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MLB finalizes plan for neutral-site postseason

Major League Baseball will have the first neutral-site World Series in league history as part of the finalized creation of bubble environments for most of the 2020 postseason.

As had been expected, MLB and the MLB Players Association completed a deal that will quarantine teams and use neutral sites during the latter three rounds of the postseason. 

The American League Division Series will be split between Petco Park in San Diego, California, and Dodger Stadium in Los Angeles, California. The National League Division Series will be split between Minute Maid Park in Houston, Texas, and Globe Life Field in Arilngton, Texas. The American League Championship Series will be played at Minute Maid Park, while the National League Championship Series and World Series will be staged at Globe Life Field.

Both Globe Life Field and Minute Maid Park are retractable-roof ballparks.

Those particular playoff groupings, highlighted by American League teams playing in National League ballparks and vice versa, was designed to avoid teams playing in their own ballparks and getting away from the neutral-site concept of the retooled format. The Texas Rangers, who normally play in Globe Life Field, are currently far out of playoff contention, and almost certainly will not be in this year’s World Series.

The expanded Wild Card round, created as part of a July deal between the league and union to expand the 2020 playoff field to 16 teams, will still be played in local markets at higher seeds’ home ballparks beginning September 29.

The World Series is slated to begin October 20 and conclude no later than October 28. 

The games set for Petco Park and Dodger Stadium, however, could ultimately run into operational issues given the wildfires that have now broken out around the United States’ West Coast and resulting poor air quality.

Notably, each Division Series and League Championship Series will be played without any off days, as the only travel for teams will occur after each playoff round and not within any of them. There are still scheduled off days following Games 2 and 5 of the World Series.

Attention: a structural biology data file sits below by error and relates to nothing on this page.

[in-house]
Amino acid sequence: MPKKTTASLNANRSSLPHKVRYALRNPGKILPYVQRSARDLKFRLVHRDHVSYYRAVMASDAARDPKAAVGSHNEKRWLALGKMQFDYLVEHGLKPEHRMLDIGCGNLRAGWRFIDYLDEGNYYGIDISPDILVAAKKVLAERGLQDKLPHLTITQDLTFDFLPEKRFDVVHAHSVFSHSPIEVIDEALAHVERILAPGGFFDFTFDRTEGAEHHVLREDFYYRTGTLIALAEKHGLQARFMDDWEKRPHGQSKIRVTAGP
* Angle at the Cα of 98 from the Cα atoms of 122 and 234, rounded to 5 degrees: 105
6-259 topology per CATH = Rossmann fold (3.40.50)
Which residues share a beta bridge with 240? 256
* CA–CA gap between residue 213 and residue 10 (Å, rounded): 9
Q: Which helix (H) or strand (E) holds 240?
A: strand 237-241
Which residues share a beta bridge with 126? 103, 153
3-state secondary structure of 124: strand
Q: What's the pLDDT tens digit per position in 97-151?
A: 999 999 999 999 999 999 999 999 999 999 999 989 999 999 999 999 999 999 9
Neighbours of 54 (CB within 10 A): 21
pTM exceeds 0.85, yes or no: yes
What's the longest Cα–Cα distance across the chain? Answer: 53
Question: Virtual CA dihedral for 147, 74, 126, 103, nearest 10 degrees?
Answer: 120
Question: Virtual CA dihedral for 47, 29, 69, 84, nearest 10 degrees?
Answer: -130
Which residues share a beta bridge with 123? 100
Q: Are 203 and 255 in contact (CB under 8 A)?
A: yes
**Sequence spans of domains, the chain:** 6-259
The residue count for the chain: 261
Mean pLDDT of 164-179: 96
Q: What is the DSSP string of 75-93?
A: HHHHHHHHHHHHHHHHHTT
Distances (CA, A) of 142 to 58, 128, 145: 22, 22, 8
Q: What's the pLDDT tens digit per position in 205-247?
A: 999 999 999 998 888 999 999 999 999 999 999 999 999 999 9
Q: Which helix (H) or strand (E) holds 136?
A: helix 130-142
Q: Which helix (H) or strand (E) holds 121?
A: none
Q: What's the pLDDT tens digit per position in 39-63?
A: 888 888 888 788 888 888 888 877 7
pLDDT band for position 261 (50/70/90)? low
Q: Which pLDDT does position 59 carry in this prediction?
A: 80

The neutral-site postseason concept comes after the league earlier this year struggled significantly with team-level Covid-19 outbreaks involving the Miami Marlins and St. Louis Cardinals. The move to the neutral sites and more heavily quarantined environments, conversely, is designed to avoid such issues in the postseason, and in turn preserve nearly $1bn in media rights revenue for the league.

“In the view of our infectious disease experts, the biggest rise of exposure for players and staff is contact with family members and friends who have been exposed to Covid-19 in their communities,” said MLB deputy commissioner Dan Halem in a memo sent to clubs on the new format. “Nearly all of the positive test results that have been reported for players and staff in the last month can be traced back to contact with an infected family member, domestic partner, or friend outside of club facilities.”

To that end, the retooled playoff format, neutral sites, and quarantined environments come with a host of enhanced health and safety protocols that include rules around family visitation of players in the quarantined sites. Families will be able to be part of the MLB bubble, provided they complete a seven-day quarantine first leading into the Division Series.

All contending teams must also move into a hotel for the final week of the regular season, including those finishing up their schedules at home, to begin a quarantine in advance of the playoffs.

“The agreement attempts to balance players’ experiences and concerns while making the accommodations necessary to best ensure a safe, healthy, and successful conclusion to the 2020 season,” said Tony Clark, MLBPA executive director. 

The World Series was last played in a single site in 1944, when that Fall Classic involved the St. Louis Cardinals and St. Louis Browns, who each played at Sportsman’s Park.

MLB has historically resisted playing its most important games in a neutral site, differing from the strategy used by the National Football League, which plays the Super Bowl each year a neutral location typically chosen years in advance.

Rob Manfred, MLB commissioner, said at a Hofstra University event earlier this week he hopes to have some attending fans at the later stages of the playoffs.

“I’m hopeful that for the World Series and the [League Championship Series] we will have limited capacity,” Manfred said. “I think it’s important for us to start back down the road. Obviously, it’ll be limited numbers, socially distanced, protection provided for the fans in terms of temperature checks and the like. Kind of like the pods you saw in some of the [National Football League] games. We’ll probably use that same theory. But I do think it’s important as we look forward to 2021 to get back to the idea that live sports…are something that we can get back to.”